Adding substances to foods to make them taste better, look more appealing, or last longer goes back nearly as far as our species does. Distant ancestors preserved meat by smoking it, for instance. The addition of “enhancers” to food shifted into overdrive early in the 19th century as new synthetic compounds—including those mentioned here—offered nearly limit-less ways to alter our food.
Artificial colors, many of which are derived from coal tar, petroleum, and other questionable sources, were developed to reduce costs and avoid toxicity from older metallic pigments containing mercury, copper, and arsenic. Testing by watchdog agencies such as the Food and Drug Administration (FDA) revealed that some of these newer colorants came with their own hazards, so many are now banned. Manufacturers still add dyes to make food look appealing, but the chemicals used to create certain colors are energetic molecules, and many of these can damage DNA. In turn, that can injure the immune system, accelerate aging, and increase cancer risk. I suggest avoiding artificially colored foods.
Artificial flavors are typically harmless. However, their use may indicate low-quality or overly processed foods. If the label lists artificial flavors, make sure the food doesn’t also contain other, less desirable ingredients.
Zero-calorie sweeteners represent an important exception to the “typically harmless” artificial-flavor rule. In a recent review of 37 studies over the past 10 years, consumption of them was linked to higher risk of weight gain, obesity, high blood pressure, diabetes, and heart disease. These compounds may also hurt the gut microbiome. If you use a noncaloric sweetener, I recommend monkfruit or erythritol, a sugar alcohol. Natural sweeteners like pure maple syrup are ideal; just use them sparingly.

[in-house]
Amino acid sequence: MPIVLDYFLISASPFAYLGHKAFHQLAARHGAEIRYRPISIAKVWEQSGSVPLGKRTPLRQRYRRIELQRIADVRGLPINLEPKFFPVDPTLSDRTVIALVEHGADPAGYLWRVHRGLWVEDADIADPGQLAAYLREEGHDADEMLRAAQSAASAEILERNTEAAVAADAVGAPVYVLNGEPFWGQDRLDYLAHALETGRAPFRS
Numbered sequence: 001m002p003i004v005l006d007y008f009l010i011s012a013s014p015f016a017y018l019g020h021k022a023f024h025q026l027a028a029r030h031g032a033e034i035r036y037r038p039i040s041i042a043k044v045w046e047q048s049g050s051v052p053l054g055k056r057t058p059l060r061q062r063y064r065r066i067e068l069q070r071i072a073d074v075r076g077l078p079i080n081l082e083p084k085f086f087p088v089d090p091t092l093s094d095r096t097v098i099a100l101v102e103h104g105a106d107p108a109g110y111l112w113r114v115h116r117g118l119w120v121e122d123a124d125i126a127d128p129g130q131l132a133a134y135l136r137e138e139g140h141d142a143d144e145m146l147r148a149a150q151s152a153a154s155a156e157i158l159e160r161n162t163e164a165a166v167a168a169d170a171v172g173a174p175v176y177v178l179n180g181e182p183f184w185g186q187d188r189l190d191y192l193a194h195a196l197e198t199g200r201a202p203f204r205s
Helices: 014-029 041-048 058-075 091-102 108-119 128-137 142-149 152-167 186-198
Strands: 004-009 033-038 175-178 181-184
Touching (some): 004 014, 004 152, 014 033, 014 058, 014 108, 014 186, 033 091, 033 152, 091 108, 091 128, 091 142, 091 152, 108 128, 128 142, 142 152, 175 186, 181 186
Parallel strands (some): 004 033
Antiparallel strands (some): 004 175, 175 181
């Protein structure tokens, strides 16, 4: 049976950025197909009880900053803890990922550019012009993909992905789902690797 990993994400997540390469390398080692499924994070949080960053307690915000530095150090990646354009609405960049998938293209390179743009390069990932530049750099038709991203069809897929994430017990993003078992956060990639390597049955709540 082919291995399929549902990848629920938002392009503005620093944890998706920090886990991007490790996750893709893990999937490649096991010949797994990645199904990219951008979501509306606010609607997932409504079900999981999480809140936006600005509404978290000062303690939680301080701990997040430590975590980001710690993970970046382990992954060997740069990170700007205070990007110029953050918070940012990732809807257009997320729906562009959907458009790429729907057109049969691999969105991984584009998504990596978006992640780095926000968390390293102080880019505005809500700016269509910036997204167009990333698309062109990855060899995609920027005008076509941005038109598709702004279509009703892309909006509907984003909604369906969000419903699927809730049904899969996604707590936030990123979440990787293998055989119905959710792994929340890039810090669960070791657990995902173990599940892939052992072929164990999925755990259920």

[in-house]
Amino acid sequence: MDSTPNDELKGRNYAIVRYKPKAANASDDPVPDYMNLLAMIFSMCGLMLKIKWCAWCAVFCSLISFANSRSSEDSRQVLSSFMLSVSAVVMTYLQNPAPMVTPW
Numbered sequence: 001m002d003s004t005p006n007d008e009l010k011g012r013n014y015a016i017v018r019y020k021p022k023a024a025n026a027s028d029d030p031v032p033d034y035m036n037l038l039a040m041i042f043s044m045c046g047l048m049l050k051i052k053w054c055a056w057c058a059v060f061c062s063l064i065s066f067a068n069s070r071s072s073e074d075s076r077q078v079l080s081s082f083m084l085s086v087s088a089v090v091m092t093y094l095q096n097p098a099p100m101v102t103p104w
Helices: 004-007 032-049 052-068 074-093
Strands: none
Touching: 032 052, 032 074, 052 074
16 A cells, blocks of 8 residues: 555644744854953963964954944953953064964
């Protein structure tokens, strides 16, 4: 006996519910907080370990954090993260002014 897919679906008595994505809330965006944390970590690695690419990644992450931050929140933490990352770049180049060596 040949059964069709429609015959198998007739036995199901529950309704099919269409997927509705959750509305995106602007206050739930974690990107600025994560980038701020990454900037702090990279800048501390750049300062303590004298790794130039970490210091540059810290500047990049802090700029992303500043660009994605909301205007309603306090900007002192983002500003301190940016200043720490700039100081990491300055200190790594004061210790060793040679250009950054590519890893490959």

Preservatives and stabilizers help maintain the taste, texture, nutritional properties, and appearance of food. They prevent spoilage, protect against food-borne illness, and maintain fresh-ness and color. However, this category also has its snares. For instance, nitrates and nitrites (found in processed meats)and monosodium glutamate may play a role in migraines. Another preservative, propionate, is commonly used in baked goods to slow down mold growth; a 2019 study suggests it may contribute to rising levels of obesity and diabetes. Seek foods with natural preservatives such as vitamins C and E.
The Bottom Line
Many food additives are rated “generally recognized as safe” (GRAS) by the FDA. However, per a 2014 study, 1,500 new compounds enter the market every year, and while toxic ones are eventually phased out, those deemed safe are not thoroughly tested for long-term cumulative effects on humans. To lower your risk of health issues, I suggest avoiding artificial additives when you can. Prepare food using fresh ingredients whenever possible, and try to eat less packaged food.
This article originally appeared in the December 2020 issue of Prevention.
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